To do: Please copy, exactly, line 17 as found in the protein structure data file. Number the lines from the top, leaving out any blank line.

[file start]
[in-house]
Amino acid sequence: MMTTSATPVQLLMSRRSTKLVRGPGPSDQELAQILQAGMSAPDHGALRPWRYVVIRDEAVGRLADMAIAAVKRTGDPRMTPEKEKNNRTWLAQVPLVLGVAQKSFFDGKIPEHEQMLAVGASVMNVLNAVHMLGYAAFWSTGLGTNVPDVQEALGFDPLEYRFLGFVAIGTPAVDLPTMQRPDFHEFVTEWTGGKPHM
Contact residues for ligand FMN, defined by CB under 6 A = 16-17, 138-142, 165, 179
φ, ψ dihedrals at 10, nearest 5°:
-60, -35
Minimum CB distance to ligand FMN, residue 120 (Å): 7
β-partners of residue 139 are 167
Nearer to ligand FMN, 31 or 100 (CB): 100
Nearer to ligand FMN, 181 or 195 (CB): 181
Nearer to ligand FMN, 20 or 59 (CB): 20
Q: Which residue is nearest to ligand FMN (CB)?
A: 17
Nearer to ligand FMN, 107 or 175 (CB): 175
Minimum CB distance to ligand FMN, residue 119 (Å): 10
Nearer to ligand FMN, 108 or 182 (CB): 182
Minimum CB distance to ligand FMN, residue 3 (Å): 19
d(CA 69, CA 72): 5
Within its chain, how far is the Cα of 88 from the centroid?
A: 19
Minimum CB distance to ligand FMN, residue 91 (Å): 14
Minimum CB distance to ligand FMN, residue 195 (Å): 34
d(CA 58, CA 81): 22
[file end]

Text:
d(CA 69, CA 72): 5